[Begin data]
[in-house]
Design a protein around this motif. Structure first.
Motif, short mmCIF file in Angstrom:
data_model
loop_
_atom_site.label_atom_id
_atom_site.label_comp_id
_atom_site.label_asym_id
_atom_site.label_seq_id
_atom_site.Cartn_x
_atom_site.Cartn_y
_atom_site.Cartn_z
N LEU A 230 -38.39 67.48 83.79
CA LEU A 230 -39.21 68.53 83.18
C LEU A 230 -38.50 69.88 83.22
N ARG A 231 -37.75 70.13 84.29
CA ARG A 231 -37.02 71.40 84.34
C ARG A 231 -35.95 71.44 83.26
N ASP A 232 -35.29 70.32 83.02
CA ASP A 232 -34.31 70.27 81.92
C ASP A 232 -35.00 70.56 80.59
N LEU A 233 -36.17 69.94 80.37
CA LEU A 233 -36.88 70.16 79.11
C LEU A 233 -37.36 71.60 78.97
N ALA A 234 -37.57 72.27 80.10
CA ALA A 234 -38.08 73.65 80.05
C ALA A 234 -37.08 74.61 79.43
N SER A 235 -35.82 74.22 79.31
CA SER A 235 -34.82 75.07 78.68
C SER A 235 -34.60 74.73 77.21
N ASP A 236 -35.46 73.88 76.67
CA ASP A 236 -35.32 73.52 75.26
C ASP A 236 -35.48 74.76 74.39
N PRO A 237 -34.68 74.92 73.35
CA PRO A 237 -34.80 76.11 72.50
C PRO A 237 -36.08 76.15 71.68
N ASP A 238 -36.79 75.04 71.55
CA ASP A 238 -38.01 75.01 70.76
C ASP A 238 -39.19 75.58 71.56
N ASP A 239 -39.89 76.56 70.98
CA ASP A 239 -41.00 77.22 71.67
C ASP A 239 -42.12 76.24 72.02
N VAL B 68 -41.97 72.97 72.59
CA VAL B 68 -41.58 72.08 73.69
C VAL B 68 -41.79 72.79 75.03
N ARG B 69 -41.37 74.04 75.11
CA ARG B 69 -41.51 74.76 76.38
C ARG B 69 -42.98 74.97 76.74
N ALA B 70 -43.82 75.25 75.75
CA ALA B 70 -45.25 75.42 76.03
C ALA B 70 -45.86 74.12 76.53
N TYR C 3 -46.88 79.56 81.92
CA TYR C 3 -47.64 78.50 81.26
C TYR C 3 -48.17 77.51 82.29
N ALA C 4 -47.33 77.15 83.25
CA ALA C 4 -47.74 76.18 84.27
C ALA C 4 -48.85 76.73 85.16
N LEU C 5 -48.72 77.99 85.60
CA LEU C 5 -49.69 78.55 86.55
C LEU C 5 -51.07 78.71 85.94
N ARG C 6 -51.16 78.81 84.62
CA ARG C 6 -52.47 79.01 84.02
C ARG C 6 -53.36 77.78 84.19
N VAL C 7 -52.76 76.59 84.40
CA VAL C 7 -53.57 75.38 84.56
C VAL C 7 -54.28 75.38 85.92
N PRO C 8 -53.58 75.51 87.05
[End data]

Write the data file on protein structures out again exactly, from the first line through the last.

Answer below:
[in-house]
Design a protein around this motif. Structure first.
Motif, short mmCIF file in Angstrom:
data_model
loop_
_atom_site.label_atom_id
_atom_site.label_comp_id
_atom_site.label_asym_id
_atom_site.label_seq_id
_atom_site.Cartn_x
_atom_site.Cartn_y
_atom_site.Cartn_z
N LEU A 230 -38.39 67.48 83.79
CA LEU A 230 -39.21 68.53 83.18
C LEU A 230 -38.50 69.88 83.22
N ARG A 231 -37.75 70.13 84.29
CA ARG A 231 -37.02 71.40 84.34
C ARG A 231 -35.95 71.44 83.26
N ASP A 232 -35.29 70.32 83.02
CA ASP A 232 -34.31 70.27 81.92
C ASP A 232 -35.00 70.56 80.59
N LEU A 233 -36.17 69.94 80.37
CA LEU A 233 -36.88 70.16 79.11
C LEU A 233 -37.36 71.60 78.97
N ALA A 234 -37.57 72.27 80.10
CA ALA A 234 -38.08 73.65 80.05
C ALA A 234 -37.08 74.61 79.43
N SER A 235 -35.82 74.22 79.31
CA SER A 235 -34.82 75.07 78.68
C SER A 235 -34.60 74.73 77.21
N ASP A 236 -35.46 73.88 76.67
CA ASP A 236 -35.32 73.52 75.26
C ASP A 236 -35.48 74.76 74.39
N PRO A 237 -34.68 74.92 73.35
CA PRO A 237 -34.80 76.11 72.50
C PRO A 237 -36.08 76.15 71.68
N ASP A 238 -36.79 75.04 71.55
CA ASP A 238 -38.01 75.01 70.76
C ASP A 238 -39.19 75.58 71.56
N ASP A 239 -39.89 76.56 70.98
CA ASP A 239 -41.00 77.22 71.67
C ASP A 239 -42.12 76.24 72.02
N VAL B 68 -41.97 72.97 72.59
CA VAL B 68 -41.58 72.08 73.69
C VAL B 68 -41.79 72.79 75.03
N ARG B 69 -41.37 74.04 75.11
CA ARG B 69 -41.51 74.76 76.38
C ARG B 69 -42.98 74.97 76.74
N ALA B 70 -43.82 75.25 75.75
CA ALA B 70 -45.25 75.42 76.03
C ALA B 70 -45.86 74.12 76.53
N TYR C 3 -46.88 79.56 81.92
CA TYR C 3 -47.64 78.50 81.26
C TYR C 3 -48.17 77.51 82.29
N ALA C 4 -47.33 77.15 83.25
CA ALA C 4 -47.74 76.18 84.27
C ALA C 4 -48.85 76.73 85.16
N LEU C 5 -48.72 77.99 85.60
CA LEU C 5 -49.69 78.55 86.55
C LEU C 5 -51.07 78.71 85.94
N ARG C 6 -51.16 78.81 84.62
CA ARG C 6 -52.47 79.01 84.02
C ARG C 6 -53.36 77.78 84.19
N VAL C 7 -52.76 76.59 84.40
CA VAL C 7 -53.57 75.38 84.56
C VAL C 7 -54.28 75.38 85.92
N PRO C 8 -53.58 75.51 87.05